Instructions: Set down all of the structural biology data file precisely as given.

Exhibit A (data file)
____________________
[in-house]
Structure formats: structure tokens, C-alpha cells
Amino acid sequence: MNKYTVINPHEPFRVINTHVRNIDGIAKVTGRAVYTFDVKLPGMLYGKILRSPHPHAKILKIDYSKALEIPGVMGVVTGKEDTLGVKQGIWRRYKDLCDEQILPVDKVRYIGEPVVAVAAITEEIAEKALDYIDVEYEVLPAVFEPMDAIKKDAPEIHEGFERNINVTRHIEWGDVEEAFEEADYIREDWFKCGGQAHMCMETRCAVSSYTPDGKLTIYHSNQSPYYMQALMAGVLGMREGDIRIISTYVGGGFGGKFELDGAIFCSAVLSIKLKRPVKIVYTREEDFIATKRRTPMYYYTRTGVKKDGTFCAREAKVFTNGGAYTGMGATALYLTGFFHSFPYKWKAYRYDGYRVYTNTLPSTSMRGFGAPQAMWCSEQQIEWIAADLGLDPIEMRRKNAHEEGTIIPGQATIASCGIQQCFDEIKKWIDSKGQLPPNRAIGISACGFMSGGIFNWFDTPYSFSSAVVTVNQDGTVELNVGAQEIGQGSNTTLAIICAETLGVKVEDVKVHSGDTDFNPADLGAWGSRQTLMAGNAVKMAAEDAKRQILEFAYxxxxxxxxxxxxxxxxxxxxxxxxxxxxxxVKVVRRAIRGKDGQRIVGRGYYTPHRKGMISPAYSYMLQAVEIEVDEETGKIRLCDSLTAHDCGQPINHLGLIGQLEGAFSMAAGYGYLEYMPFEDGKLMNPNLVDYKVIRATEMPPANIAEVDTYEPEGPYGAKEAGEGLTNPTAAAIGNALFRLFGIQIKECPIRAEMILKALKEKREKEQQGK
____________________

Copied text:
[in-house]
Structure formats: structure tokens, C-alpha cells
Amino acid sequence: MNKYTVINPHEPFRVINTHVRNIDGIAKVTGRAVYTFDVKLPGMLYGKILRSPHPHAKILKIDYSKALEIPGVMGVVTGKEDTLGVKQGIWRRYKDLCDEQILPVDKVRYIGEPVVAVAAITEEIAEKALDYIDVEYEVLPAVFEPMDAIKKDAPEIHEGFERNINVTRHIEWGDVEEAFEEADYIREDWFKCGGQAHMCMETRCAVSSYTPDGKLTIYHSNQSPYYMQALMAGVLGMREGDIRIISTYVGGGFGGKFELDGAIFCSAVLSIKLKRPVKIVYTREEDFIATKRRTPMYYYTRTGVKKDGTFCAREAKVFTNGGAYTGMGATALYLTGFFHSFPYKWKAYRYDGYRVYTNTLPSTSMRGFGAPQAMWCSEQQIEWIAADLGLDPIEMRRKNAHEEGTIIPGQATIASCGIQQCFDEIKKWIDSKGQLPPNRAIGISACGFMSGGIFNWFDTPYSFSSAVVTVNQDGTVELNVGAQEIGQGSNTTLAIICAETLGVKVEDVKVHSGDTDFNPADLGAWGSRQTLMAGNAVKMAAEDAKRQILEFAYxxxxxxxxxxxxxxxxxxxxxxxxxxxxxxVKVVRRAIRGKDGQRIVGRGYYTPHRKGMISPAYSYMLQAVEIEVDEETGKIRLCDSLTAHDCGQPINHLGLIGQLEGAFSMAAGYGYLEYMPFEDGKLMNPNLVDYKVIRATEMPPANIAEVDTYEPEGPYGAKEAGEGLTNPTAAAIGNALFRLFGIQIKECPIRAEMILKALKEKREKEQQGK